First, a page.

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- Following failed attempts by Parliament to block Freedom of Information requests, it emerged that politicians across the board had taken liberties in the expense claims they submitted, many profiting substantially from the taxpayers' purse. This was followed by a number of resignations, sackings, de-selections and retirement announcements, as well as a handful of prosecutions for false accounting. All MPs' expenses and allowances in 2004-2008 were examined and around £500,000 has been requested back so far. www.guardian.co.uk/politics/2013/may/09/mps-told-repay-profits-homes.
The direction of someone's party identification is ascertained via a sequence of questions as follows: first, all respondents are asked
Generally speaking, do you think of yourself as a supporter of any one political party?
Those who do not name a party in response are then asked
Do you think of yourself as a little closer to one political party than to the others?
Those who still do not name a party are then asked
If there were a general election tomorrow, which political party do you think you would be most likely to support?
3. This finding is sharply at variance with that reported by the Hansard Society's annual Audit of Political Engagement in 2012 and 2013, which found that there had been a marked decline in interest in politics. We would note that the change in the level of reported interest in that survey coincided with a change in the contractor undertaking it and thus perhaps might be a consequence of a change in how the survey was conducted (Hansard Society, 2013).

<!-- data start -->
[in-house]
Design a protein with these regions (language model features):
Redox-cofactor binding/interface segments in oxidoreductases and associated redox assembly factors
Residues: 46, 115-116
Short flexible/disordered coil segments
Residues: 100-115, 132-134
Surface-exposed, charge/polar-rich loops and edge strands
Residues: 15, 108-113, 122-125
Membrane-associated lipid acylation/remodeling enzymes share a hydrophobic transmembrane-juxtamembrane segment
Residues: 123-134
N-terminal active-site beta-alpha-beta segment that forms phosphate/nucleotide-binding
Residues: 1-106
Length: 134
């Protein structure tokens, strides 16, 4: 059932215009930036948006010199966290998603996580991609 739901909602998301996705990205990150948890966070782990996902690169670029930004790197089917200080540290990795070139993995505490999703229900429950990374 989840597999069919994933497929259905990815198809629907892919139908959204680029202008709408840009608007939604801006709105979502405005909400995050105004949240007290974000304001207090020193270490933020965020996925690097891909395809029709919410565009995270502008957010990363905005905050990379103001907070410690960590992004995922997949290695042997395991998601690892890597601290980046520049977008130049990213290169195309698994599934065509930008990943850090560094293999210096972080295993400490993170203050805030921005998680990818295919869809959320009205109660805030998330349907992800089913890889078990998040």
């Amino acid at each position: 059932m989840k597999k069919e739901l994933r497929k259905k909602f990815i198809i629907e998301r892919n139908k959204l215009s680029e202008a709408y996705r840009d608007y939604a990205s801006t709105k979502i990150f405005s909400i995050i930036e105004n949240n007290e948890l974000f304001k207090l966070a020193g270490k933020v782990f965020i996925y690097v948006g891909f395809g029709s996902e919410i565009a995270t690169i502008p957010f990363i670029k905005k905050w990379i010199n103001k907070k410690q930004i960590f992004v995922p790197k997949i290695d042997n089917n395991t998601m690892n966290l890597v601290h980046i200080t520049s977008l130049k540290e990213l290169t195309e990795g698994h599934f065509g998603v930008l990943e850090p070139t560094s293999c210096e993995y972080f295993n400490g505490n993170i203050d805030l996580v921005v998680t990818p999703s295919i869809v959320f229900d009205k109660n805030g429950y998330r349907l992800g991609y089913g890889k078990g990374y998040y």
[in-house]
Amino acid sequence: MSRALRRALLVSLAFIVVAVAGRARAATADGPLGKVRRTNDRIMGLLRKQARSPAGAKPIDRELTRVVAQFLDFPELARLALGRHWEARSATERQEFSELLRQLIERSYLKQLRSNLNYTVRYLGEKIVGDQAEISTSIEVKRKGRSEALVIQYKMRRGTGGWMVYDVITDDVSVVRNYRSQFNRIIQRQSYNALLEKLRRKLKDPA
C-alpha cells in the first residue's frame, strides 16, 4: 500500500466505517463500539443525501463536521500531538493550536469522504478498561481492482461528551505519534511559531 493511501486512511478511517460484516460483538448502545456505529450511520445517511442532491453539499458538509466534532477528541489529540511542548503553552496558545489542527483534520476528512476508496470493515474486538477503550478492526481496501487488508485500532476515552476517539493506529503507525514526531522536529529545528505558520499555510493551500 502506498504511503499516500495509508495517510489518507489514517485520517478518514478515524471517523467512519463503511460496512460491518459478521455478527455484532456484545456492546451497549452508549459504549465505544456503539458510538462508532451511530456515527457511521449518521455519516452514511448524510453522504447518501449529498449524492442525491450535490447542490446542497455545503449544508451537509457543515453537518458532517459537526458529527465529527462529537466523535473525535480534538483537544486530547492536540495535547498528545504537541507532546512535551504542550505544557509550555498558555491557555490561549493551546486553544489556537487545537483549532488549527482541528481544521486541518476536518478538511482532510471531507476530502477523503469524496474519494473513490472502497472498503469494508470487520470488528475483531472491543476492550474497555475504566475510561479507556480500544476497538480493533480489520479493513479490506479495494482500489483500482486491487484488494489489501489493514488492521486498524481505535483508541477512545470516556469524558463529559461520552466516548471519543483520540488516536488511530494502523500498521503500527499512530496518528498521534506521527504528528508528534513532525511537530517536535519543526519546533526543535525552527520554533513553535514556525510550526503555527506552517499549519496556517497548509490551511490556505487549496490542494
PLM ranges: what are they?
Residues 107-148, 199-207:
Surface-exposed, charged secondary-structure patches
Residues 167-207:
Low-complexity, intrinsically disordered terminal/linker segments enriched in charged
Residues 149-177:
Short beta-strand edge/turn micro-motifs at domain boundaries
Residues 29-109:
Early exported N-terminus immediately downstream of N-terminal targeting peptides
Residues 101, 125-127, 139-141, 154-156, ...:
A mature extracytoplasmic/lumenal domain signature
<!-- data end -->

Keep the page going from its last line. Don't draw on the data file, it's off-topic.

4. Data are as follows:
5.The Labour government hosted such a page on its Number 10 website, and the coalition government launched a directgov webpage in 2011 to house all e-petitions (which repeatedly crashed on its first day as it received more than 1,000 unique visits a minute) ( www.guardian.co.uk/politics/2011/aug/04/government-e-petition-website-crashes). Any petition with more than 100,000 signatures is assured a chance to be debated and voted in the House of Commons.
6. Data are as follows:
7. Bases for Table 3.6 are as follows:
8. Bases for Table 3.7 are as follows:
9. Bases for Table 3.8 are as follows:
10.Bases for Table 3.9 are as follows:
11.Arguably the British Social Attitudes question is biased against young people, given it asks whether someone has "ever" done something. A better question might be whether an individual had undertaken an activity in the past 12 months (this is asked on the International Social Survey Programme, see Martin, 2012).
12.In 2012 the figures reported on British Social Attitudes were:
13. In 2010 our data showed:
14.Bases for Table 3.11 are as follows:
15.Bases for Table 3.12 are as follows: